The two officers narrow their eyes, staring, waiting for me to shiver, cough, and gag. I tip the glass victoriously before returning it to the table.

“We win,” Locke says, then downs her shot, throws the cup onto the table, and grabs my arm. “Bye bye.” She tugs me away from the table.

“I don’t think so.” The smaller officer’s hand shoots out and captures my wrist. “We win. He did better.”

“Did not,” I protest, but the corn ethanol is working its way through my system. My feet are suddenly large and cumbersome. I grip Locke’s elbow tighter.

“Yeah, I was way better.” The officer makes a come-hither gesture with his hand. “Give up the panties.”

“Nope.” Locke pulls me hard enough that my wrist slides out of his grasp.

“Hey! A bet’s a bet!” he yells after us as we make our retreat through the crowd.

“Freaks,” Locke says, pushing me up against the bar. The air is suddenly hot. I tug at my dress’s collar.

“Is it hot in here?”

“Here.” She pushes a vodka shot into my hand.

“Nooo,” I mutter to myself, eyeing my archnemesis. Everclear I could do, but vodka and I aren’t very good friends. “I’m not supposed to be drinking,” I suddenly remember, thinking of the doctor a few weeks back who handed me a nine-month supply of isoniazid for a positive tuberculosis PPD test, stressing, “You can’t drink at all while taking this,” and then pressing another bottle of vitamin B12 into the other hand to counter the “acute liver failure side effects” of the first drug. But possible liver disease seems a minor complication to a twenty-one-year-old and I shrug, taking the shot. Really, it’s only a few drinks this one time. What’s the worst that can happen?

*  *  *

There is dancing and more shots. I know I can handle a dozen without a problem, but I stop counting somewhere around drink ten. Locke’s body weaves intricate symbols on the dance floor, her cheeks vermilion red. I sway to the music, fascinated by the drops of light that waver and splash across my skin. Maybe it’s the medication, but the alcohol hits me harder than usual, faster, more violently, and I try to keep to my normal drinking pace but I’ve outrun my sobriety. I skirt to the outside of the dance floor and lean into a corner. I rest my head back, legs braced apart, using the hard angles of the corner walls to hold me up.

“Hey you,” says a familiar voice, and I crack open one eye. The dim lights burn.

“Hi?” My voice crackles. The officer leans against the wall beside me. “I won our bet from earlier, you know,” he says.

“Meh.” I don’t have the will to argue and I close my eyes. Sight makes me wobbly.

“I believe these are mine,” he says and suddenly there is a warm hand on the inside of my thighs.

I gasp and slam my knees together, pinning his hand in place. “What are you doing?” But the protest comes out breathy and weak.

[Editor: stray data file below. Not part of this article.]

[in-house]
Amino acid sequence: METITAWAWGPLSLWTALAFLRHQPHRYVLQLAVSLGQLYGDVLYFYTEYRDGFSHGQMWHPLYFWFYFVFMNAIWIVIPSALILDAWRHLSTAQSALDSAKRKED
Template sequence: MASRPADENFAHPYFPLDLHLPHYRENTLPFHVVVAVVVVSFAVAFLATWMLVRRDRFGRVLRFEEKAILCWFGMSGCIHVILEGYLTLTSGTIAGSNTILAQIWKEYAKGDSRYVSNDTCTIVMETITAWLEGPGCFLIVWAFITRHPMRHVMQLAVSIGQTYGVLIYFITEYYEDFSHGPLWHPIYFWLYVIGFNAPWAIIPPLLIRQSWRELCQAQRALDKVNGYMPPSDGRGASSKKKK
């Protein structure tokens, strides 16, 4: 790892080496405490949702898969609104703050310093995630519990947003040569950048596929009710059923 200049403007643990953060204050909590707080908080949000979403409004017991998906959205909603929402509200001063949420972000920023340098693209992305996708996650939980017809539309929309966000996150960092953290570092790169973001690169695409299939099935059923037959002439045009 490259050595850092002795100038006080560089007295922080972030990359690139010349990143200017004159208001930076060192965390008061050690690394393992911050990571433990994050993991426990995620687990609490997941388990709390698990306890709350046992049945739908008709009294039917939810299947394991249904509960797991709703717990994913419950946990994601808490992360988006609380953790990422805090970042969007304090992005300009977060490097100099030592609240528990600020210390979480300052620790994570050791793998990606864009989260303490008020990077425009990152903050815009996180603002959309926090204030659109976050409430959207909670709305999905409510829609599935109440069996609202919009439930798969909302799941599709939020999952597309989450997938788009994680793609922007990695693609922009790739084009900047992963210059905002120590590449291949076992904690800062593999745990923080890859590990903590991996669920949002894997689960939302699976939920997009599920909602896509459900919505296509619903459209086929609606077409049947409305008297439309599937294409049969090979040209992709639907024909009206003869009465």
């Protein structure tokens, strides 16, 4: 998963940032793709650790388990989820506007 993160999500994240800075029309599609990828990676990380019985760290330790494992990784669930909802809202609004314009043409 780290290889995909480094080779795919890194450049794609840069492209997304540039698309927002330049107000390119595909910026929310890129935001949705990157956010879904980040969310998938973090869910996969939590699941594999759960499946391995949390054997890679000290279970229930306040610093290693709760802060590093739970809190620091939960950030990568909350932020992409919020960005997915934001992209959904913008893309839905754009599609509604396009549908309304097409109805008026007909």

He grins, his face so close to mine. He’s tall and I’m not standing upright, making his upper body loom over me. “It’s all in good fun,” he tries to assure me, wiggling his hand upward.

I laugh because I’m nervous and drunk. “Stop.” I catch his wrist and try to push it down. “Come on, you lost the bet.” The other officer is there to my left and my spine is pressed into the corner, locking me in place. His fingers slide up my skirt, up against the outside of my hip, and loop around the material of my underwear. He tugs and the fabric slides down. “Seriously, stop,” I laugh, swallowing hard, knees shaking, and I use my other hand to grip my underwear, trying to hold them up. But it’s four hands against two and they’re winning. I feel tiny, as if I’ve shrunk and they’re giants, black shadows bent over me, blocking out the rest of the club.

“Hey!” Locke breaks through between them, a vengeful spirit, all wild dark hair and crimson cheeks. “Fuck off!” she snarls, so tall, so muscular, jabbing one of the officers in the ribs and pulling me out from beneath them. I stumble after her, quickly trying to straighten my underwear with one hand.

“Jesus Christ, Dostie, learn to punch someone in the face,” Locke throws over her shoulder at me. I stare up at the strong line of her shoulders, the muscles that contort and roll beneath her black tank top, the exposed white skin that defies the December night cold, and feel shamed.

Outside, I embrace the sharpness of the cold against my skin. I shiver, as if I can physically shake off the feeling of rough palms searching between my legs. Andres is there, materializing as if summoned, and I lean against him, dropping my head onto his shoulder. He and Diaz had been at another part of the bar, placing as much space between them and the dance floor as physically possible. I cuddle against Andres’s safety and warmth. I have a sometimes-lover at another post, so my relationship with Andres has been platonic, though not strictly so, with tentative flirtations of possibly more. I trust his inherent instinct to protect me, as if I’m a wobbly fawn in constant need of tending. “I need to go home,” I say, to him, to Locke, probably to myself.

“No, come on. It’s too early.” Locke pouts. She complains. She begs for reconsideration but I’ve had too much and I sprawl out in the backseat of Diaz’s car, glad to have a sober friend, our faithful designated driver. I keep one hand on the hem of my skirt, as if retroactively keeping it in place.

Diaz drops us off at the barracks parking lot. Locke has convinced him to take her back into town and they encourage Andres to join them. The night is too early and I’ve ruined it too quickly. But Andres waves them off and I feel bad, but mostly thankful. I eye the long path to the barracks building warily. I’m not sure I can navigate it alone. I concentrate on placing one foot in front of the other, like it’s some complex physics formula that needs all my attention. Mere steps from the main door, my foot catches on nothing and I plop down onto the pavement. Andres grabs my elbow but I shake my head. “Nope. Just leave me here.” Drunk me doesn’t want to dare the stairs.